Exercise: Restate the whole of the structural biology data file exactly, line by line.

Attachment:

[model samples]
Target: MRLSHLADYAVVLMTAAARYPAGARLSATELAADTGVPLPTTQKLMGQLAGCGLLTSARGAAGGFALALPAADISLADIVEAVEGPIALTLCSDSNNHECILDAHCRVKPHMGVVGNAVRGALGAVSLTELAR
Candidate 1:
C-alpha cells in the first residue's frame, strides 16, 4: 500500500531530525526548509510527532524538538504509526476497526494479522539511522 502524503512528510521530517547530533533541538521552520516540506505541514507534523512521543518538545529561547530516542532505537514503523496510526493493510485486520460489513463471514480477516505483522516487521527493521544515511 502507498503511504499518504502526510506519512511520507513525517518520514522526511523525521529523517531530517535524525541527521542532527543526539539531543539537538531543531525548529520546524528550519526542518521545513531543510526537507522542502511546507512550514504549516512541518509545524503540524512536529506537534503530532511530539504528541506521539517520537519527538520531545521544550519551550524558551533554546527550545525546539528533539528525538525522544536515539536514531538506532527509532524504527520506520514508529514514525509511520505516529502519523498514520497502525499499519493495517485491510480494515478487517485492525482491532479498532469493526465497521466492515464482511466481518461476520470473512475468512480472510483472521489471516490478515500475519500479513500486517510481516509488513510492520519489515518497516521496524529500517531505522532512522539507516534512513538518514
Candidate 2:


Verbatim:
[model samples]
Target: MRLSHLADYAVVLMTAAARYPAGARLSATELAADTGVPLPTTQKLMGQLAGCGLLTSARGAAGGFALALPAADISLADIVEAVEGPIALTLCSDSNNHECILDAHCRVKPHMGVVGNAVRGALGAVSLTELAR
Candidate 1:
C-alpha cells in the first residue's frame, strides 16, 4: 500500500531530525526548509510527532524538538504509526476497526494479522539511522 502524503512528510521530517547530533533541538521552520516540506505541514507534523512521543518538545529561547530516542532505537514503523496510526493493510485486520460489513463471514480477516505483522516487521527493521544515511 502507498503511504499518504502526510506519512511520507513525517518520514522526511523525521529523517531530517535524525541527521542532527543526539539531543539537538531543531525548529520546524528550519526542518521545513531543510526537507522542502511546507512550514504549516512541518509545524503540524512536529506537534503530532511530539504528541506521539517520537519527538520531545521544550519551550524558551533554546527550545525546539528533539528525538525522544536515539536514531538506532527509532524504527520506520514508529514514525509511520505516529502519523498514520497502525499499519493495517485491510480494515478487517485492525482491532479498532469493526465497521466492515464482511466481518461476520470473512475468512480472510483472521489471516490478515500475519500479513500486517510481516509488513510492520519489515518497516521496524529500517531505522532512522539507516534512513538518514
Candidate 2: